7 March
Mt 5:17-19

"Do not think that I have come to abolish the law or the prophets; I have come not to abolish but to fulfil. For truly I tell you, until heaven and earth pass away, not one letter, not one stroke of a letter, will pass from the law until all is accomplished. Therefore, whoever breaks one of the least of these commandments, and teaches others to do the same, will be called least in the kingdom of heaven; but whoever does them and teaches them will be called great in the kingdom of heaven.

“Not the smallest letter or stroke of the Law will change until all is fulfilled,” said Jesus.  But he himself often broke the Law  -  certainly as it was interpreted by his contemporaries. 

When is a law perfectly fulfilled?  When it is observed to the letter?  Hardly.  The scribes and Pharisees adhered to the letter of the Law, yet Jesus accused them of “setting aside the commands of God and clinging to human traditions” (Mk 7:8).  A law is being fulfilled, surely, when the purpose for which it was made is being fulfilled.  A law is a means to an end; but if the end is being subverted by the law, then it is no longer a law.  This is the revolutionary teaching of St Thomas Aquinas.  Law, he said, is an act of reason (ordering a means to an end), not an act of will.  Law is not the grip of someone’s power over you, but guidance for your mind.  It subverts neither your mind nor your will, but guides you along a path.  It does not take away your freedom, but supports, enlightens and defends it.  This is how there can be such a thing as the law of God.  There is no real opposition between law and love.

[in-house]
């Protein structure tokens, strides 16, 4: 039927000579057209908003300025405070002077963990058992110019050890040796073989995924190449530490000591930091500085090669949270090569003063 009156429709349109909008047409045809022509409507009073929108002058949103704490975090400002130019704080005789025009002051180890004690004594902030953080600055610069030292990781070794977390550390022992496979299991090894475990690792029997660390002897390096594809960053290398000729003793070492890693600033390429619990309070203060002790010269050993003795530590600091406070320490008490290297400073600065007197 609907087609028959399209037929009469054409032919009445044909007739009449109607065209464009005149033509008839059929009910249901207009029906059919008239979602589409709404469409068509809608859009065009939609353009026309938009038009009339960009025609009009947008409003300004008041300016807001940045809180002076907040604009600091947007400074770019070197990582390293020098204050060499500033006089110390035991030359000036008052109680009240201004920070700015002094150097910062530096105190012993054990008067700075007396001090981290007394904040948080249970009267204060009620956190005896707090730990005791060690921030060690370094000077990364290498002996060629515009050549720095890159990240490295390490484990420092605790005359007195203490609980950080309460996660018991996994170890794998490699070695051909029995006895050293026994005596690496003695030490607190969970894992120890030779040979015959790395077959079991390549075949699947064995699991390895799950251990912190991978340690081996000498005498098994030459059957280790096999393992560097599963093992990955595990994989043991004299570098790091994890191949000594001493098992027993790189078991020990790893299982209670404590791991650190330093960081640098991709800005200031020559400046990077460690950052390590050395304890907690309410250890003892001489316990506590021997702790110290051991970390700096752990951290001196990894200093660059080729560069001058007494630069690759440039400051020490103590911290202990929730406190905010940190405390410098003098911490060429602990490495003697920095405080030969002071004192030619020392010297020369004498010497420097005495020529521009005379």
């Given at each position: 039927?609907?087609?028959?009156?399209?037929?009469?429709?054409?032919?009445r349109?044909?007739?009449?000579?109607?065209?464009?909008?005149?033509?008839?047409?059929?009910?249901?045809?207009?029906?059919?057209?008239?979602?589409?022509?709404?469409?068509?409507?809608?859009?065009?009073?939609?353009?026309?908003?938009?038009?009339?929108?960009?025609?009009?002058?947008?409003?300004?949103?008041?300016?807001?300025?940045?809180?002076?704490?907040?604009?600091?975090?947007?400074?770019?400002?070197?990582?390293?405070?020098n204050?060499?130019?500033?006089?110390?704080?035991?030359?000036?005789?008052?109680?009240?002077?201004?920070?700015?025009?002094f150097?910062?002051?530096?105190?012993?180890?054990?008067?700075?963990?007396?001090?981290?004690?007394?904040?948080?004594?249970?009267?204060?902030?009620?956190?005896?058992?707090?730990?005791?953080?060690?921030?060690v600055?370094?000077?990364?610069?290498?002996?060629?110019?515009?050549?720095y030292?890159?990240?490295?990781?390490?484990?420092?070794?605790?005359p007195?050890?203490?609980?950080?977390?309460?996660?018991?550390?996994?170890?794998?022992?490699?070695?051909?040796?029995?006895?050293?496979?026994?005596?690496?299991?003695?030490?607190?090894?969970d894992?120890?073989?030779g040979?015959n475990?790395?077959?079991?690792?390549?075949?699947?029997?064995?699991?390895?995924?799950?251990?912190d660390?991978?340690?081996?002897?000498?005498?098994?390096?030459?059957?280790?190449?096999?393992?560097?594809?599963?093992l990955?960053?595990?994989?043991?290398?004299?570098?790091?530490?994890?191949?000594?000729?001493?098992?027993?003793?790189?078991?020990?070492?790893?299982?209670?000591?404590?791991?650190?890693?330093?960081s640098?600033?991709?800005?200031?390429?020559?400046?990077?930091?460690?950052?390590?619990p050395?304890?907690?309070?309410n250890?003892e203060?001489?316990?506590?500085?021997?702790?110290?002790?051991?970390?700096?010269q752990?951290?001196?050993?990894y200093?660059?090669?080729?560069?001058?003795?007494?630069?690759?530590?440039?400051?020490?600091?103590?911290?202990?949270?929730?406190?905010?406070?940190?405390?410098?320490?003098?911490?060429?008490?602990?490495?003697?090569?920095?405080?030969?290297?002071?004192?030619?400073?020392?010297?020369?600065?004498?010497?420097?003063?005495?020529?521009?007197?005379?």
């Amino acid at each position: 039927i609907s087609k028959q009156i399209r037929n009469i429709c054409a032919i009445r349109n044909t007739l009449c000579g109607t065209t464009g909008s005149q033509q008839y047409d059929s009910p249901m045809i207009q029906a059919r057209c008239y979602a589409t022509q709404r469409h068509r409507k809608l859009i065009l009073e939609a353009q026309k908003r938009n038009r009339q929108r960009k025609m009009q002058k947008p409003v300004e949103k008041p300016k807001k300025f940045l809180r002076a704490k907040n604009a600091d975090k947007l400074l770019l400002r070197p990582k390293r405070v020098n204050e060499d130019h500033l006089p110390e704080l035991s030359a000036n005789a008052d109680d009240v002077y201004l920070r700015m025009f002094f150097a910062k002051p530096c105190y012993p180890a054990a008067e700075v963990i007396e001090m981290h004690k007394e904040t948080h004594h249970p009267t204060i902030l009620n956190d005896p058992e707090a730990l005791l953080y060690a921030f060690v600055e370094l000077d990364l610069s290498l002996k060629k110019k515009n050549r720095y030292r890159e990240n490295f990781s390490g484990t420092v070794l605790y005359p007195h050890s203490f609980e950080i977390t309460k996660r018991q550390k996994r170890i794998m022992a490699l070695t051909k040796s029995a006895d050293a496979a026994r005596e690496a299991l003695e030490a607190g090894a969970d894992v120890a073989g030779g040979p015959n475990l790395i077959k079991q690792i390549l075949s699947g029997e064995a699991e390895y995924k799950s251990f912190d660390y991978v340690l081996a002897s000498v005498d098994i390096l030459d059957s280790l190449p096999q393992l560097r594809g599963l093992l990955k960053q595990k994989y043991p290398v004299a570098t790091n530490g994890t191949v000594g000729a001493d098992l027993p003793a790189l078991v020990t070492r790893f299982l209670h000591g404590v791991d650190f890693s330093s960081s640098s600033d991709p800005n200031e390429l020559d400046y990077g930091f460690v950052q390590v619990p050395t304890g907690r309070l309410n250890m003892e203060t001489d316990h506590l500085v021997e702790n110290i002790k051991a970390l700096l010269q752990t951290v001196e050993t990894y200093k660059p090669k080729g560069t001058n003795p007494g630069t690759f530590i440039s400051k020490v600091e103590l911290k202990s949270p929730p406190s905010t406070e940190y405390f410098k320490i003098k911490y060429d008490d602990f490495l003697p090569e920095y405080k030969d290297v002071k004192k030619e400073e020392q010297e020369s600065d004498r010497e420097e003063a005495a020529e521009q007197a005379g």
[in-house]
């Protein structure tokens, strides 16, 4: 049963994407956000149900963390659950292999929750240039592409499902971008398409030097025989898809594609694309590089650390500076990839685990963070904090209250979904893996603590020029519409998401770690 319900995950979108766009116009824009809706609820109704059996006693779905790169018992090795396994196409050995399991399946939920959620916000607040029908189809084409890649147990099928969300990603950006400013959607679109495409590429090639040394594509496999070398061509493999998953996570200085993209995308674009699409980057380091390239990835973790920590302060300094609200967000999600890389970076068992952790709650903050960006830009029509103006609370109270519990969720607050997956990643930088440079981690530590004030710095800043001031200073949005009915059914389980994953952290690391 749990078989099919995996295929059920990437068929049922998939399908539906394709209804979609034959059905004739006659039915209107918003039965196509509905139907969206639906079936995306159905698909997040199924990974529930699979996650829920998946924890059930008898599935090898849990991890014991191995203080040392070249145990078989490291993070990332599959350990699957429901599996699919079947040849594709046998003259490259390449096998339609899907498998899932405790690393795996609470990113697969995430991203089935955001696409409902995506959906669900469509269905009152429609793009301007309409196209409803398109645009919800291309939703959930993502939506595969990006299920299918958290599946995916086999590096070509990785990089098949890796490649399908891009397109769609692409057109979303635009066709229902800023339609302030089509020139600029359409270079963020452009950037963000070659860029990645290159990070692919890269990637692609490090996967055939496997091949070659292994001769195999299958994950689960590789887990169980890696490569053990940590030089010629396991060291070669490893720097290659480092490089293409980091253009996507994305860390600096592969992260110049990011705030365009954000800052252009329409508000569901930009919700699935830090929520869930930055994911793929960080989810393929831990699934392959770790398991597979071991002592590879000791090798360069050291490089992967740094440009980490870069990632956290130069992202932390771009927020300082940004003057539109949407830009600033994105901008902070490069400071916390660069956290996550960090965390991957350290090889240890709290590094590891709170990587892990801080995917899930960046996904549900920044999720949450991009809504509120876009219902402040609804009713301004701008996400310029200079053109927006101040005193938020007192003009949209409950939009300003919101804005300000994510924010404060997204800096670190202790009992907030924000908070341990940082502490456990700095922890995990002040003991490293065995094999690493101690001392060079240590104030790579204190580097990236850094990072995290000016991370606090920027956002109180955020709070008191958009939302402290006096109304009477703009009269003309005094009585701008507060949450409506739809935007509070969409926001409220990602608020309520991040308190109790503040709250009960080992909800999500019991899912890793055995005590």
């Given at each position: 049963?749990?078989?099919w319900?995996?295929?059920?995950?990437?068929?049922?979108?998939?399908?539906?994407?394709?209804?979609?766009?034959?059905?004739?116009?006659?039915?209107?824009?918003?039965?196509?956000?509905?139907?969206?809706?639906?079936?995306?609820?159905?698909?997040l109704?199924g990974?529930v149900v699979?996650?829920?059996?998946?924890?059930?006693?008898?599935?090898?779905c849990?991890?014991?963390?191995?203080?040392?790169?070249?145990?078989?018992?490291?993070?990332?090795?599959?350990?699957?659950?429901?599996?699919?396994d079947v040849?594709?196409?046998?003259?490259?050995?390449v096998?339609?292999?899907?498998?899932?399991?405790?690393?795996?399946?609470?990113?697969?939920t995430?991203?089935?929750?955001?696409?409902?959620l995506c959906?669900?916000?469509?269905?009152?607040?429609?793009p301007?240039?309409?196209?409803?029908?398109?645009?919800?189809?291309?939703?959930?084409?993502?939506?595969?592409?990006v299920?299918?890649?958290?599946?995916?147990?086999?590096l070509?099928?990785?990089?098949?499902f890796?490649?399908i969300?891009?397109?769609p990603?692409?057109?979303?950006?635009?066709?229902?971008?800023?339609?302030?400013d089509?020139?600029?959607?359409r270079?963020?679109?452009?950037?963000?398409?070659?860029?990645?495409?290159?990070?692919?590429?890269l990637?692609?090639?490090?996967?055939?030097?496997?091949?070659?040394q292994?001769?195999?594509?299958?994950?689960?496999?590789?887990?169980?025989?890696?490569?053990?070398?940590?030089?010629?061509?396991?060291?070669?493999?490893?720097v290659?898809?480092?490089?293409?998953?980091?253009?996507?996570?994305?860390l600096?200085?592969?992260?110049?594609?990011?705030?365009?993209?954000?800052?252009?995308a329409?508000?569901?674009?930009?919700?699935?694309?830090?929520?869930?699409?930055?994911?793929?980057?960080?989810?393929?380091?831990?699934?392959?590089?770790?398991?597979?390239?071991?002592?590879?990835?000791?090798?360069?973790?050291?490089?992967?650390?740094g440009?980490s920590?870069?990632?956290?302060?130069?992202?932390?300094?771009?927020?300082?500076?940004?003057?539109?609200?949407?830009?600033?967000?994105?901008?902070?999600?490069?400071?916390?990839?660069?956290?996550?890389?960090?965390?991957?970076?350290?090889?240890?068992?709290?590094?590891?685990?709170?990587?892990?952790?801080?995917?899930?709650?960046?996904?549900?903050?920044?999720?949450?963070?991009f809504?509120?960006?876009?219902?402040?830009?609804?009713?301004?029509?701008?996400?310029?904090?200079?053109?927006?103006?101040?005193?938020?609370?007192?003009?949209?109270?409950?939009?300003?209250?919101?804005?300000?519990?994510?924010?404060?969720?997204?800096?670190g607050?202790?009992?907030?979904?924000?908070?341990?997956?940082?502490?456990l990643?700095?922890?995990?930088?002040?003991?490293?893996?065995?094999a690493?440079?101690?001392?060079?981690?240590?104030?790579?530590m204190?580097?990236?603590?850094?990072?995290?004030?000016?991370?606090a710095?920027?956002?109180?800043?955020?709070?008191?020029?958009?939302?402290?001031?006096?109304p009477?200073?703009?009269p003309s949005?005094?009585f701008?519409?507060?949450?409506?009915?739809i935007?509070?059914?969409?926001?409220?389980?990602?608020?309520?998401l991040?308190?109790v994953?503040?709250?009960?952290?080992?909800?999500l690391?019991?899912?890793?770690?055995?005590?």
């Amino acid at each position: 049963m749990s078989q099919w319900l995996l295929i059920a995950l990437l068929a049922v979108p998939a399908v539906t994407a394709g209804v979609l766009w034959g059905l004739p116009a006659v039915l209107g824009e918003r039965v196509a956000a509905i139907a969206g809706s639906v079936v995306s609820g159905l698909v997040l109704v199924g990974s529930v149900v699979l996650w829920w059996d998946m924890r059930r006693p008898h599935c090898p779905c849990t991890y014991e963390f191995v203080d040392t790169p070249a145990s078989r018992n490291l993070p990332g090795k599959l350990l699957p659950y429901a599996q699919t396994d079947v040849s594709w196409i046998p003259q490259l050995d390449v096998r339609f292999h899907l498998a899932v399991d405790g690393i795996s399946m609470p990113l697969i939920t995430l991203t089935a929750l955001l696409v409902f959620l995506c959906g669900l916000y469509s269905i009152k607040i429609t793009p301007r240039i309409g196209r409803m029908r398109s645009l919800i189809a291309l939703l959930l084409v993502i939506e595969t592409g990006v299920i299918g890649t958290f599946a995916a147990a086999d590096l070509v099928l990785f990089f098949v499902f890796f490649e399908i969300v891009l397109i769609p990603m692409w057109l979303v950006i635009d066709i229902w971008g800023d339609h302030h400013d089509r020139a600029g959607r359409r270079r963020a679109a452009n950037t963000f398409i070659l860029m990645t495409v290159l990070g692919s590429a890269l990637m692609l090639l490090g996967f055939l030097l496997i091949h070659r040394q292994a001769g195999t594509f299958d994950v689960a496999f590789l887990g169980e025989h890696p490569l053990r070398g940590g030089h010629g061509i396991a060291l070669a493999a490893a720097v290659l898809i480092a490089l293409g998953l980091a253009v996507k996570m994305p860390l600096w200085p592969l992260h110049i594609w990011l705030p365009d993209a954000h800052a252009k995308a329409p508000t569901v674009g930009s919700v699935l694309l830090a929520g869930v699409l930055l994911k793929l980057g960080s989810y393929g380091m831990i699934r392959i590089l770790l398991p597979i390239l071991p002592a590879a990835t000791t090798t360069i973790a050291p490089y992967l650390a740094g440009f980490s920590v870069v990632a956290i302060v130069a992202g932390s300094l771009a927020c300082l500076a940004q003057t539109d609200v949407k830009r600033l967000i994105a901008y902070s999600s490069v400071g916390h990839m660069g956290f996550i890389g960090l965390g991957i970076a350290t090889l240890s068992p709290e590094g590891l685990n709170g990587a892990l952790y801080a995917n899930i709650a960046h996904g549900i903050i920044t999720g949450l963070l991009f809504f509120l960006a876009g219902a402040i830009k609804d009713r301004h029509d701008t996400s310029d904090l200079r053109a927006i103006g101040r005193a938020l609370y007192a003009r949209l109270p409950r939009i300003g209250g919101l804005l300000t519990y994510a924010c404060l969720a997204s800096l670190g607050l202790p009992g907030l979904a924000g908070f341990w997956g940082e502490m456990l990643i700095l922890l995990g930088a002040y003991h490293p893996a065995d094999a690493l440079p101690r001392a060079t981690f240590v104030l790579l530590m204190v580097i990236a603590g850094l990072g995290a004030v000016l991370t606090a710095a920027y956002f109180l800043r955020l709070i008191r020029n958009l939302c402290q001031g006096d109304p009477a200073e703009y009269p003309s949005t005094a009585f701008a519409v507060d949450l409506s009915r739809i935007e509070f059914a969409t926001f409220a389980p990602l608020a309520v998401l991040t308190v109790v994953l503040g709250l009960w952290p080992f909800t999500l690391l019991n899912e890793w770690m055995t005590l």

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This page gives a very brief commentary by Donagh O’Shea on the gospel reading for each day of the month. 


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